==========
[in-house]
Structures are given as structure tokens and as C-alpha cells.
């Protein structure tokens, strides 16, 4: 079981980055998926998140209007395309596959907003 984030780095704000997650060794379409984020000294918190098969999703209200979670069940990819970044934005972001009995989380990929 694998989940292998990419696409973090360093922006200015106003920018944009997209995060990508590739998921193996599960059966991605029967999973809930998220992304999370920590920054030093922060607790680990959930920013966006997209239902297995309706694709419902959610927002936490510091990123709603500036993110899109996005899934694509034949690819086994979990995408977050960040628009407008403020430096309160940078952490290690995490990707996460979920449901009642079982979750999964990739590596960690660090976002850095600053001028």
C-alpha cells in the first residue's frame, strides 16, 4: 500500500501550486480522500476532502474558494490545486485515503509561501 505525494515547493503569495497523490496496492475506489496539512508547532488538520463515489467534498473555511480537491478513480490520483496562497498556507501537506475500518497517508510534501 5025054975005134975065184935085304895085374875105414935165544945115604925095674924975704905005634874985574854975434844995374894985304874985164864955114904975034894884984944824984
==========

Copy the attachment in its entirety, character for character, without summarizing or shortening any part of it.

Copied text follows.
[in-house]
Structures are given as structure tokens and as C-alpha cells.
């Protein structure tokens, strides 16, 4: 079981980055998926998140209007395309596959907003 984030780095704000997650060794379409984020000294918190098969999703209200979670069940990819970044934005972001009995989380990929 694998989940292998990419696409973090360093922006200015106003920018944009997209995060990508590739998921193996599960059966991605029967999973809930998220992304999370920590920054030093922060607790680990959930920013966006997209239902297995309706694709419902959610927002936490510091990123709603500036993110899109996005899934694509034949690819086994979990995408977050960040628009407008403020430096309160940078952490290690995490990707996460979920449901009642079982979750999964990739590596960690660090976002850095600053001028």
C-alpha cells in the first residue's frame, strides 16, 4: 500500500501550486480522500476532502474558494490545486485515503509561501 505525494515547493503569495497523490496496492475506489496539512508547532488538520463515489467534498473555511480537491478513480490520483496562497498556507501537506475500518497517508510534501 5025054975005134975065184935085304895085374875105414935165544945115604925095674924975704905005634874985574854975434844995374894985304874985164864955114904975034894884984944824984